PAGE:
The April issue of the online open-access journal PLoS Biology reports that an international team of scientists has developed an innovative tool in form a game to teach the basics of epidemiology, i.e. the science of how infectious diseases spread amongst the population.
Each year, the team holds a workshop in South Africa, which assists epidemiologists in improving their mathematical models for studying outbreaks of diseases, such as AIDS, malaria and cholera. Under the lead of Steve Bellan from the University of California at Berkeley, the team developed a new game as a teaching aid, which has proven to be very effective in demonstrating various epidemiology concepts. Players simulate a real-life epidemic by passing around pieces of paper that read, "You have been infected," together with instructions for spreading the disease.
Study co-author, Juliet Pulliam, a biologist at the University of Florida, explains:
"Infectious disease modeling is an established field of
study in bio-mathematics."
She continues explaining that because mathematicians tend to work independently from practitioners in tracking spreading diseases, the game is meant to demonstrate that collaborating can achieve much better results.
"Not knowing how data about an outbreak was collected can
lead to misinterpretations."
For instance, a change in procedures of how infected individuals are counted could create a sudden rise in the data, which gives a false interpretation of how the disease is actually being spread. Once this false interpretation is implemented in the model, it could alter projections and interfere with efforts on the ground to prevent further outbreaks.
According to Bellan, an ecologist who specializes in epidemiology of wildlife diseases, collaborations between bio-mathematicians and classical epidemiologists have already proven that researchers can gain new insight of tracking the spread of diseases.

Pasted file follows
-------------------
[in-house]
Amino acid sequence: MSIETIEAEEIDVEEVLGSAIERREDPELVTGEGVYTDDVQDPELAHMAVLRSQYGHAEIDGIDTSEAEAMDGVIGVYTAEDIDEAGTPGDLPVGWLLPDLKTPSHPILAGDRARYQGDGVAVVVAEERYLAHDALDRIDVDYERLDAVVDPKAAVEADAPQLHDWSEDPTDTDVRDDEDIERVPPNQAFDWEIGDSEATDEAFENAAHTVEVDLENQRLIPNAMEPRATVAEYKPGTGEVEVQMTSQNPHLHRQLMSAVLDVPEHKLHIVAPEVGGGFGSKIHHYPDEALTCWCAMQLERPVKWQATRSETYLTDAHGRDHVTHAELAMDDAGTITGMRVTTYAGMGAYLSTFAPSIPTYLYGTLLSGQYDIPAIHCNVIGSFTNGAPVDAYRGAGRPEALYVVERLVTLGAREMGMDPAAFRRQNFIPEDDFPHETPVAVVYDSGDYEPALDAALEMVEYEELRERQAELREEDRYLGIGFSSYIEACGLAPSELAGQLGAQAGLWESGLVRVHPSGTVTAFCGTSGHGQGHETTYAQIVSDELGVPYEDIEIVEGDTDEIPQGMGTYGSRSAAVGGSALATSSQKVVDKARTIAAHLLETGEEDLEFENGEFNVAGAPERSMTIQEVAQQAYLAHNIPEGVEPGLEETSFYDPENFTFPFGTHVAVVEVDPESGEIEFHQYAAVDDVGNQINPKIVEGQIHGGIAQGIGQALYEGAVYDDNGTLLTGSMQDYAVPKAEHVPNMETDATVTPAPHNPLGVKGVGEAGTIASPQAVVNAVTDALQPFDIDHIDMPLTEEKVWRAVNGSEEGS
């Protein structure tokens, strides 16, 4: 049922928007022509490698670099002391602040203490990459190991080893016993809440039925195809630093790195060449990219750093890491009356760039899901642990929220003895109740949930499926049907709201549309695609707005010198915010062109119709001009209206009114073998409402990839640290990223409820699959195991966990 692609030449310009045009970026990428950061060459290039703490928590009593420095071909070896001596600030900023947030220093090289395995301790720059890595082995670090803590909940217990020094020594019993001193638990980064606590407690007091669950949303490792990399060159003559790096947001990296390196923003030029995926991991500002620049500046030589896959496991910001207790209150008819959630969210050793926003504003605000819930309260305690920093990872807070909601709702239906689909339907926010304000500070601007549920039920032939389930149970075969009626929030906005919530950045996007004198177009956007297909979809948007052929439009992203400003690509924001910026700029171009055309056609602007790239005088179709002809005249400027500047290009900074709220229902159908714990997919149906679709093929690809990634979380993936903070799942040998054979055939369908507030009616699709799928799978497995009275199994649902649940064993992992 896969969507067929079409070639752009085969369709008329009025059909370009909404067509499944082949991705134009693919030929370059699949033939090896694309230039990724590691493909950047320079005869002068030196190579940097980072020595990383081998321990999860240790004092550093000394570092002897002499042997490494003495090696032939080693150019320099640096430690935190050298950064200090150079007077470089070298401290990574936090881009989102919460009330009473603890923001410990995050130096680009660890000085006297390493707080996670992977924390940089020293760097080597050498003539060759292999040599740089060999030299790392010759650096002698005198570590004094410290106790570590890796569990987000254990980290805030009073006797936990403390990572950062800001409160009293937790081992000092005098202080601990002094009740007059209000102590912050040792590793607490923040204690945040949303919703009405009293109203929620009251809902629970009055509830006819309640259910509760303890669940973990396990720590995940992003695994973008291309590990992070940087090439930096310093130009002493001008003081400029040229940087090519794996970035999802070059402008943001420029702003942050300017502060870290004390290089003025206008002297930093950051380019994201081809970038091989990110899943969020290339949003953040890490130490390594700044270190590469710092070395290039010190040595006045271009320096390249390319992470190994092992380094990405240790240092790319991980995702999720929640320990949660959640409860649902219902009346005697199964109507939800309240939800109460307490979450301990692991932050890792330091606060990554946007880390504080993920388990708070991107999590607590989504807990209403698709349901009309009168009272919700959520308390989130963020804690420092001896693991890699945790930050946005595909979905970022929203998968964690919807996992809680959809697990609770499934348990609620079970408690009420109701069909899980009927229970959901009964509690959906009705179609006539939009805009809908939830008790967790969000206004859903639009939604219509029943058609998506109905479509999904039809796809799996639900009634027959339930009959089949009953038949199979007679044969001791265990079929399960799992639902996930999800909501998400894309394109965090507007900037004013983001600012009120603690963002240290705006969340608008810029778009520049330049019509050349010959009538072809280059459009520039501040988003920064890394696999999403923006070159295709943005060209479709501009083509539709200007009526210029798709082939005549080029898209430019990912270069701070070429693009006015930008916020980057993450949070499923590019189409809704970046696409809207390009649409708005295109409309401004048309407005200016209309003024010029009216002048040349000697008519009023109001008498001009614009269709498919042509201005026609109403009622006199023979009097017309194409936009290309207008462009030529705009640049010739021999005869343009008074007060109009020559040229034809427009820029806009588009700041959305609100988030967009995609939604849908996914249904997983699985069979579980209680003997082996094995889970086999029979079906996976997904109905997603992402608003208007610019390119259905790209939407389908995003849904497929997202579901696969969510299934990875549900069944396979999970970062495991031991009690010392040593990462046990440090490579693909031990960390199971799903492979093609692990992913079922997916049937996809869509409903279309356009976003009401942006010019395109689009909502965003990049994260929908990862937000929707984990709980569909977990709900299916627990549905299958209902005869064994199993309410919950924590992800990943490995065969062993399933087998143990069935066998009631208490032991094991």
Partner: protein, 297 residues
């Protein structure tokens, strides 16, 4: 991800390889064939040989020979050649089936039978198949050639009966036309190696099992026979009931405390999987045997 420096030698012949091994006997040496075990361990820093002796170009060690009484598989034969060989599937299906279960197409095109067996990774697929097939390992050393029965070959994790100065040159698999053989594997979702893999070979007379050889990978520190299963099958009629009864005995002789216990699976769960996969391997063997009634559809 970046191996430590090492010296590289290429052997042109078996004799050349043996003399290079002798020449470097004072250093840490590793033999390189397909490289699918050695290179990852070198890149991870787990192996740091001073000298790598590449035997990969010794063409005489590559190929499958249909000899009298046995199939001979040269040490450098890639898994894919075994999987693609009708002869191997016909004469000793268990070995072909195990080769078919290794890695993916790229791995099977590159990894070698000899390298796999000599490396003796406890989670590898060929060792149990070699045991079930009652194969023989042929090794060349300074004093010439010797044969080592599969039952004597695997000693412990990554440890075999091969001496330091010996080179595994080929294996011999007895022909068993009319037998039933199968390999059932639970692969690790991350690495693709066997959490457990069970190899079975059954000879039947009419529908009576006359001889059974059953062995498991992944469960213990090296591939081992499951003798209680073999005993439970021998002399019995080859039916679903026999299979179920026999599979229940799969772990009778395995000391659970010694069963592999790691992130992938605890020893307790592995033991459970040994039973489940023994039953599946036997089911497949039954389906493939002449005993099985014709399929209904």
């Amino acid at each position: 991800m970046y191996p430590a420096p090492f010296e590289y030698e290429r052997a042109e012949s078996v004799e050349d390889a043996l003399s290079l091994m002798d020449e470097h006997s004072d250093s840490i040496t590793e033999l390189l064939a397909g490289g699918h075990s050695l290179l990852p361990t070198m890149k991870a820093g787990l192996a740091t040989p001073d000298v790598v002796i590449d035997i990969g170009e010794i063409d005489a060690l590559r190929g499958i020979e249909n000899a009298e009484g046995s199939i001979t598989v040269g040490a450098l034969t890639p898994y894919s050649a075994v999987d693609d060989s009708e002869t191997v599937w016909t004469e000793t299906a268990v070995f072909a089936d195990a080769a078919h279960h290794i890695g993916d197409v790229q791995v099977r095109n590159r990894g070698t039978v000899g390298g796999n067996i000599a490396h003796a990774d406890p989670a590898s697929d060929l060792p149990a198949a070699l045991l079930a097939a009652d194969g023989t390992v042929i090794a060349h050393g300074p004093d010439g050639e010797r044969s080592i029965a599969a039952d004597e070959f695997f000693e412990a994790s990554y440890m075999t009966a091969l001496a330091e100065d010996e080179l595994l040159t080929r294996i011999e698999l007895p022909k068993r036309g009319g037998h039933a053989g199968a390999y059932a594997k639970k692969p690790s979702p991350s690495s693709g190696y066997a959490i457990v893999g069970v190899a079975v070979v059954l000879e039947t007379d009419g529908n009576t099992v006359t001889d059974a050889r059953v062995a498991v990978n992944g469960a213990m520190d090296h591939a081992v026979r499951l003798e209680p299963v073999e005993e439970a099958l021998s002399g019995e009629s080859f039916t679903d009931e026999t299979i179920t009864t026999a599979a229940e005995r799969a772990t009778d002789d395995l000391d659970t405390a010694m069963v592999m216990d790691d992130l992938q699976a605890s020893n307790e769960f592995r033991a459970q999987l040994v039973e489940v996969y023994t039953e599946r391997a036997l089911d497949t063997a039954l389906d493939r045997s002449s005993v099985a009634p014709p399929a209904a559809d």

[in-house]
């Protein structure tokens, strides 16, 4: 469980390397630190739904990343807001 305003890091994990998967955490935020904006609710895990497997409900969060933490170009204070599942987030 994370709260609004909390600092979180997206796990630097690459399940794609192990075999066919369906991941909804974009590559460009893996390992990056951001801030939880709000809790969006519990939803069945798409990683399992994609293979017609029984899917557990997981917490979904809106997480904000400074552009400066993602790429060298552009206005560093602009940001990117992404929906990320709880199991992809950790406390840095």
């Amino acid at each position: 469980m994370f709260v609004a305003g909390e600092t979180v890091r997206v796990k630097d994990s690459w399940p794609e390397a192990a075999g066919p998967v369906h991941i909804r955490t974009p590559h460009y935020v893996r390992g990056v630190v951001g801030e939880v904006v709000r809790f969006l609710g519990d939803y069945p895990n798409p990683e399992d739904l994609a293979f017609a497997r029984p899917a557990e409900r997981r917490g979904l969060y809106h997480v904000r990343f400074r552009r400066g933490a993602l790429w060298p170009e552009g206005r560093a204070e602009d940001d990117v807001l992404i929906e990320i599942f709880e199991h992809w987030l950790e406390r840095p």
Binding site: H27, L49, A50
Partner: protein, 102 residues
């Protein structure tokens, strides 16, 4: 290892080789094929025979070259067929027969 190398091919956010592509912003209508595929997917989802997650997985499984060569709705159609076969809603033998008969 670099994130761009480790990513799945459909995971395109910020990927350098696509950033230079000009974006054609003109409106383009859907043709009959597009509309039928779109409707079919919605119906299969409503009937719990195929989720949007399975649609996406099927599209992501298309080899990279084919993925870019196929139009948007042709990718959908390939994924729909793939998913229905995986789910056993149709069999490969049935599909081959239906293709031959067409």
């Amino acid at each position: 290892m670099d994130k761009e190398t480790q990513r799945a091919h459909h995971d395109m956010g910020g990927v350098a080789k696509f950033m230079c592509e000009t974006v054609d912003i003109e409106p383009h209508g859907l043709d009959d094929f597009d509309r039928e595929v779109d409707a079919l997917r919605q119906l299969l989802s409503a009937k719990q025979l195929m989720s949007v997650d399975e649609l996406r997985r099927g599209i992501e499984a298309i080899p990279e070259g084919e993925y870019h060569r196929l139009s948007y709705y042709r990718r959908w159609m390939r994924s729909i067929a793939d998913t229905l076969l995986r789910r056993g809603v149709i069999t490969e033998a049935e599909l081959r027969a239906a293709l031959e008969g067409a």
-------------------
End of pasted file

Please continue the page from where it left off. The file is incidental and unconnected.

HIV interventions for instance, as well as efforts to eradicate trachoma, a bacterial infection causing blindness, have successfully used the tag-team approach. Studies have provided evidence in both cases that there is a higher chance of an epidemic being interrupted when practitioners employ the power of mathematical modeling to improve their intervention strategies.
Bellan states: "This is about the importance of collaboration. No one can be an expert in everything. We want to see more scientists working together from the start," which is why every year Bellan, Pulliam and six other Canadian, U.S. and South African scientists offer two-week clinics at the African Institute for Mathematical Sciences. The clinics enable epidemiological mathematicians to gain a more complete insight into the human aspects of how disease spreads, and the new game has substantially changed the approach in which this is achieved.
The concept of the game is to notify participants that they have been exposed to disease by receiving an 'infectious' piece of paper, which they are asked to email to Bellan, informing him of their fate. To determine the number of people who should already be infected, they use a random number generator, and then pass this number of "infections" to other participants. The rules are designed to spread the disease and to also build a set of data of who infected whom and when. Pulliam explains: "The drill produced an outbreak with data that looks like a real epidemic."
Course participants usually spend the first week discussing where the data sets have originated, who collects them, and what the numbers refer to.
"Using the game as a way to demonstrate those issues instead of talking about them is
instructive on its own."
The second week of the course allows participants to experience real benefits by conducting group experiments with different epidemiological models that use actual data sets, which are usually from HIV studies or other ongoing projects.
"Many opted to work with data sets from the game." She continued that becoming familiar with the process for collecting data greatly improved the participants' ability to customize mathematical models, which meant that the models accurately represented the spread of disease across population. She concludes: "And that's exactly what we wanted them to get out of the workshop."
Written by Petra Rattue